Series Retrospective: The Blade Trilogy


This year is the fifteenth anniversary of Marvel’s half-vampire hero Blade making his big-screen debut. To mark this occasion, I thought I’d look back at the trilogy of Blade films, and comment on how they’ve aged, what still works, what doesn’t, and what never did.

BLADE (1998)
I sometimes feel BLADE doesn’t get the respect it disserves in terms of the impact it had on the blockbuster landscape. It was the first major feature film adaptation of a Marvel Comics character (not counting HOWARD THE DUCK) and represented a huge risk. It’s remarkable, really, that New Line Cinema threw their support behind such a dark and adult premise for what is essentially a supernatural superhero film. While Warner Bros had just wrapped up their colourful, kid-friendly take on DC’s Batman, the first Marvel hero in the spotlight despatched vampires with edged weapons, fire, bullets…and trains.

Wesley Snipes is perfect in the title role – a cool and calculated hunter of the undead in constant battle with his darker side. Strong supporting performances come in the form of Kris Kristofferson’s pragmatic and grizzled mentor Whistler, and of course from Stephen Dorff’s chilling, deceptively boyish vampire villain Frost.

The film still largely holds up – director Stephen Norrington handles violent action well, and seems to get the best out of his cast, and David S. Goyer’s story moves along nicely. Perhaps the special effects haven’t aged particularly well, but they’re used sparingly until the slightly overblown finale so this hardly matters.

BLADE II (2002)
BLADE II is undoubtedly the highpoint of the series. With the addition of fantasy auteur Guillermo del Toro at the helm, Blade’s second outing is bigger, funnier, and inventively tweaks the vampire mythos. It was del Toro’s second crack at Hollywood, following the underwhelming Mimic, and this time he was given free reign to put his boundless imagination and aptitude for twisted fantasy/horror on screen.

The film’s plot is in classic sequel territory – our hero must put aside his differences and team up with his old enemies in order to confront a bigger threat. Blade allies himself with an elite team of vampires (eclectically including Ron Perlman, Danny John-Jules, Donnie Yen and Tony Curran) to find and destroy a group of infected, rabid vampire “reapers” who threaten human and vampire alike. The first, and strongest reaper Nomak (a memorable Luke Goss) appears to be manipulating events for his own purposes, and threatens to reveal a dark secret about his kin…Needless to say, both superhero and vampire film plots are rarely so perfectly paced, tense and exciting.

The whole film is beautifully crafted, giving Blade the solid sequel he disserved, and providing Guillermo del Toro his window into making the films he wanted to make in Hollywood. What could possibly go wrong from here?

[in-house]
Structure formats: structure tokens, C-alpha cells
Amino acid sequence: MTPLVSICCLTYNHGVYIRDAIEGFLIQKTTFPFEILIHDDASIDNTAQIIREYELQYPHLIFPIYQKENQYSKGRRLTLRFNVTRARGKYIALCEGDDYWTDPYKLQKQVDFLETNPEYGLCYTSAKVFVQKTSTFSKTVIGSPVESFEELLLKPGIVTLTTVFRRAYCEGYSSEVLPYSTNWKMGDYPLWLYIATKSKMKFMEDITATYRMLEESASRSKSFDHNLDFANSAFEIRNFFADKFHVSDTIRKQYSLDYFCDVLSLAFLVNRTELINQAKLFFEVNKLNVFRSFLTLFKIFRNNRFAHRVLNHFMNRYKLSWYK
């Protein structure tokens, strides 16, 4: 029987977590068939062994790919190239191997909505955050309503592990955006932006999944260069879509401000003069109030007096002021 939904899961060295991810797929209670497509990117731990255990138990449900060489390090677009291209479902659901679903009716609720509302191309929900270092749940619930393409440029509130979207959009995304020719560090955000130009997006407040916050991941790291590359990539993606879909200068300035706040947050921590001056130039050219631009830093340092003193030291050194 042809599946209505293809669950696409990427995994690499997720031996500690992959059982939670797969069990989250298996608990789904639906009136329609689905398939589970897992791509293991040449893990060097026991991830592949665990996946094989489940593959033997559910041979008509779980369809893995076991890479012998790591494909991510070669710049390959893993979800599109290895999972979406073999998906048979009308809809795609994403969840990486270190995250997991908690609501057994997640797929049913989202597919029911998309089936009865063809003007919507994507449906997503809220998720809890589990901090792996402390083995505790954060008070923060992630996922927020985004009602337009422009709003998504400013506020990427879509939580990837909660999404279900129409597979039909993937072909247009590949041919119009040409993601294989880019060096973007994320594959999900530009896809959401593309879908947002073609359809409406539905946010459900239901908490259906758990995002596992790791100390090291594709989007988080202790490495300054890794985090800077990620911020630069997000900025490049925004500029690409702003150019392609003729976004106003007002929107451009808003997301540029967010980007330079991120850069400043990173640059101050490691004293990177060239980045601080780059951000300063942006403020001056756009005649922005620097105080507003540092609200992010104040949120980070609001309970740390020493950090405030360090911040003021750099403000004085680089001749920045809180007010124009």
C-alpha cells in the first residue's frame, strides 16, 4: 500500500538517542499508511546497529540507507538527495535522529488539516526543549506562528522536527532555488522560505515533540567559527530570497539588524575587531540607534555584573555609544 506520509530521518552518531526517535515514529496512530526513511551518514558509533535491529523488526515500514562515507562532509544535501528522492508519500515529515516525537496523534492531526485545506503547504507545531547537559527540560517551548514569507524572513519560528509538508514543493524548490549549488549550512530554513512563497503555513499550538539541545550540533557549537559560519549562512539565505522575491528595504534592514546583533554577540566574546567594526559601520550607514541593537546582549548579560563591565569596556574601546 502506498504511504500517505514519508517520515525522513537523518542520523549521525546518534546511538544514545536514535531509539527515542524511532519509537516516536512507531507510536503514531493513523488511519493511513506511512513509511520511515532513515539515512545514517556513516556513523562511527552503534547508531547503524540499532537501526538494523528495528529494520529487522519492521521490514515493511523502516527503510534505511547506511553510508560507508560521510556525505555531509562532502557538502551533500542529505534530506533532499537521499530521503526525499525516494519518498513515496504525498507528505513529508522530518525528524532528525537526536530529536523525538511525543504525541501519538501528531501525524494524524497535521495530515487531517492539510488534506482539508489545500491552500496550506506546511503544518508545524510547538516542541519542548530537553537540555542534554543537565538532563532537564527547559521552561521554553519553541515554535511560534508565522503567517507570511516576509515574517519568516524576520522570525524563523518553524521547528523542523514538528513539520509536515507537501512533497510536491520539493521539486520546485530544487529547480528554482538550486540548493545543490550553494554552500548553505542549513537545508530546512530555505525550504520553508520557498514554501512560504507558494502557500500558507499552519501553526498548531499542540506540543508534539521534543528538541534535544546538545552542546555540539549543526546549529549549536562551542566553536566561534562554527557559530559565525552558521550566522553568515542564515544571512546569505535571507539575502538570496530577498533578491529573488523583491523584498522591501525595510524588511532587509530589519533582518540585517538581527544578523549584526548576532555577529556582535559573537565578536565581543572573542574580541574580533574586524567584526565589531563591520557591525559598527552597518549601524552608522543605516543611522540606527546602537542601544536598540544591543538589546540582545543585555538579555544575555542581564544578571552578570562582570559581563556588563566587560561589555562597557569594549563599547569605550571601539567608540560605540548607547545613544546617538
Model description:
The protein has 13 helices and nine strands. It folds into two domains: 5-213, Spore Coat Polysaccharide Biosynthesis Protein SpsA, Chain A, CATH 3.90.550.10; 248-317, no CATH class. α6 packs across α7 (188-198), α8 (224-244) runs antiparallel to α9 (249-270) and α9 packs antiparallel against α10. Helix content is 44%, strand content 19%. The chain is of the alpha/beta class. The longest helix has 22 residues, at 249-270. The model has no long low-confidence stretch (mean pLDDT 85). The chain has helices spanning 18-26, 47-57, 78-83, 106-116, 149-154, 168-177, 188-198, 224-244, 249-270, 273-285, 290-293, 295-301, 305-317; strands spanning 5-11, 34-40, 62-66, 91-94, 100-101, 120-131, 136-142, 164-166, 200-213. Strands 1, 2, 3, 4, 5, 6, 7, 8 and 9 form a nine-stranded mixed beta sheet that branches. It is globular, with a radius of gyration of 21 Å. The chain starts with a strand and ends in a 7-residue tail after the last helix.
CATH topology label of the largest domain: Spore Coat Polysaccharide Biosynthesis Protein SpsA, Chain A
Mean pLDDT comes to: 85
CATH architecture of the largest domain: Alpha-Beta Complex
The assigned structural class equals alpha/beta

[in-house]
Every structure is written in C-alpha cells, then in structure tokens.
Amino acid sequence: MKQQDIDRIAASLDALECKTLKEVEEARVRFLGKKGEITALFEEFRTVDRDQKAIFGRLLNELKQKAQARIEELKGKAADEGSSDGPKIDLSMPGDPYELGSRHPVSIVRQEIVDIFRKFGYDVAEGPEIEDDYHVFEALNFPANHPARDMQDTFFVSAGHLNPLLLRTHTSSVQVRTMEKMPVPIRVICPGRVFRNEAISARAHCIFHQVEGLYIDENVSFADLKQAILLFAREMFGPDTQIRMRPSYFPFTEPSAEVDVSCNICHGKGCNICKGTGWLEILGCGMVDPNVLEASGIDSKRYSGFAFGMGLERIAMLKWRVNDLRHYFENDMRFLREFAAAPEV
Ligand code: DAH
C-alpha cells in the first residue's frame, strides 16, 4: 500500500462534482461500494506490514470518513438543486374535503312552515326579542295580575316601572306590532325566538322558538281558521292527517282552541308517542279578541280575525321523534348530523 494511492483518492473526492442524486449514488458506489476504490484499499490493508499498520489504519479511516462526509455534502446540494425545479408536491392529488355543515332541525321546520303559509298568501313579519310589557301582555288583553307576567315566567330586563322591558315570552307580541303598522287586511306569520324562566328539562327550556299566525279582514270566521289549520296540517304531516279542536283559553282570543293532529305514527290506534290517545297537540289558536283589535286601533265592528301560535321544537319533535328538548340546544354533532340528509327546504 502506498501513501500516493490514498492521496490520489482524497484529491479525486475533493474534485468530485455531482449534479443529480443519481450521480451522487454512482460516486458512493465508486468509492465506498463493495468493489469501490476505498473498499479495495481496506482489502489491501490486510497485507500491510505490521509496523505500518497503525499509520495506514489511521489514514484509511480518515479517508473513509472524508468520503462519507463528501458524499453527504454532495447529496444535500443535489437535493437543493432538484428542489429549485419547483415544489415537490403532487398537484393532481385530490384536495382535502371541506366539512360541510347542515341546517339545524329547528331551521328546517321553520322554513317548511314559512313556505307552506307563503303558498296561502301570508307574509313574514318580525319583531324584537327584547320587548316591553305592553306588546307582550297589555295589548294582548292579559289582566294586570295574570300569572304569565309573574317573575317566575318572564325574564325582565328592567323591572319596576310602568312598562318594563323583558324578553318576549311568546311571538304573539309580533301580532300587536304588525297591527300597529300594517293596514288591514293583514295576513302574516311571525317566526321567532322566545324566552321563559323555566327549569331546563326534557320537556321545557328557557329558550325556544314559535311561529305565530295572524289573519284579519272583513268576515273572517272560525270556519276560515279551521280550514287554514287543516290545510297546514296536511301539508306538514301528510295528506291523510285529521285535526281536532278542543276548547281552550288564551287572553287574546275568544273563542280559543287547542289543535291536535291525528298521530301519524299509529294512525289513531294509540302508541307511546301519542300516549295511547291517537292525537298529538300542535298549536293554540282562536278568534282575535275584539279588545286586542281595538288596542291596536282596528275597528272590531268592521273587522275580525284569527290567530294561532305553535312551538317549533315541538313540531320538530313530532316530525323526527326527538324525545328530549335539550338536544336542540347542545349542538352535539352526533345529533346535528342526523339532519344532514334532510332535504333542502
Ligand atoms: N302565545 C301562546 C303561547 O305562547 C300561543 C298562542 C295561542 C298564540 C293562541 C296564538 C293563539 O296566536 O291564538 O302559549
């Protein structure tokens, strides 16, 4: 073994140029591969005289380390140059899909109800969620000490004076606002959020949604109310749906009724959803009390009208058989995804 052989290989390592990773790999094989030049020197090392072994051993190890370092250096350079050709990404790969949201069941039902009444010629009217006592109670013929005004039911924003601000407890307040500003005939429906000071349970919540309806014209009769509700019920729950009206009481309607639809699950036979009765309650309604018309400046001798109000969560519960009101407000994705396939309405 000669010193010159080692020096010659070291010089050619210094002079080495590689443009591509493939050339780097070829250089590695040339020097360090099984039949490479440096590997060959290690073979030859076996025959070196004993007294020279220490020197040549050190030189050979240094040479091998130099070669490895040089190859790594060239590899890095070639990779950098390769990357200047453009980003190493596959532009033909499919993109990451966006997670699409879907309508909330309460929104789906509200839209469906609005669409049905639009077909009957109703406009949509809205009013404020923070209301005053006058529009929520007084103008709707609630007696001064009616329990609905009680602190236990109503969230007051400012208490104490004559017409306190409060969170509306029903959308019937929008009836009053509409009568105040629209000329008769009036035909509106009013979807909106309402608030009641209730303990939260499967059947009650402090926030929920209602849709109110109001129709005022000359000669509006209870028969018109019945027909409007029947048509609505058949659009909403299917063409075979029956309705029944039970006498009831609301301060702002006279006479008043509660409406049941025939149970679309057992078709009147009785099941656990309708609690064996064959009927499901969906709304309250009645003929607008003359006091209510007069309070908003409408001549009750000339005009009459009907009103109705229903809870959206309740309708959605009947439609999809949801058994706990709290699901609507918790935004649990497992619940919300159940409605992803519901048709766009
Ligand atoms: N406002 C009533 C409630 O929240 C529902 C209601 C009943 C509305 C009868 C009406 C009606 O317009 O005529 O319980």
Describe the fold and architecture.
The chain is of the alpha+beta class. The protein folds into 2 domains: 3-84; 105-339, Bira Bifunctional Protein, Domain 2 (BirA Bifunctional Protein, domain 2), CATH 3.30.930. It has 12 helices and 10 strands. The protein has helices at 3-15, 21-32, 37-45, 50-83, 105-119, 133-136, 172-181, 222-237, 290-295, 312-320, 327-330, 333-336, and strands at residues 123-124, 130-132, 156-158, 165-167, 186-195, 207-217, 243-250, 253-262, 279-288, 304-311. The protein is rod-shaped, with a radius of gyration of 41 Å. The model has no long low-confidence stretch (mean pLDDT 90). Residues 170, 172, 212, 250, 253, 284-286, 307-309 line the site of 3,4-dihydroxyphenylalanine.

Trinity is what went wrong, or more precisely, David S. Goyer is what went wrong with Blade. Goyer is a good enough scribe, but he isn’t a born director, and needs someone else calling the shots, a visual artist who can see what won’t work on film from the start. Under Goyer’s direction, BLADE: TRINITY is a shoddy affair – the screenplay feels rushed, the action is clumsily edited, the goofy humour is overdone and the cast either phone it in (Snipes), over-act (Posey), or are hilariously miscast (Purcell).

If only del Toro returned, we might have ended up with less of a car crash to cap off an otherwise sturdy series of films. Goyer’s well-publicised spat with Snipes over the film’s tone and direction probably didn’t help – it’s never a good sign when your leading man and director refuse to speak to each other. Trinity’s only saving grace is Ryan Reynolds, who at least appears to be enjoying himself with his near-constant stream of smartass quips.

Fifteen years since Blade and not a lot has changed. What was good in 1998 and 2002 still is, and what fell flat on its face in 2004 still does in spectacular fashion. We’ll almost certainly see Blade again on film. Snipes has expressed interest in returning for a fourth instalment, as has Dorff for a Deacon Frost-centred prequel, but now the rights to Blade and related characters are back with Marvel, both are unlikely to happen. The Daywalker will be back, but likely (and sadly) portrayed by someone other than Snipes when Marvel inevitably re-boots the series. SSP

About Sam Sewell-Peterson

Writer and film fanatic fond of black comedies, sci-fi, animation and films about dysfunctional families.
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2 Responses to Series Retrospective: The Blade Trilogy

  1. Pingback: Series Retrospective: Pirates of the Caribbean | SSP Thinks Film

  2. Pingback: Review: Black Panther (2018) | SSP Thinks Film

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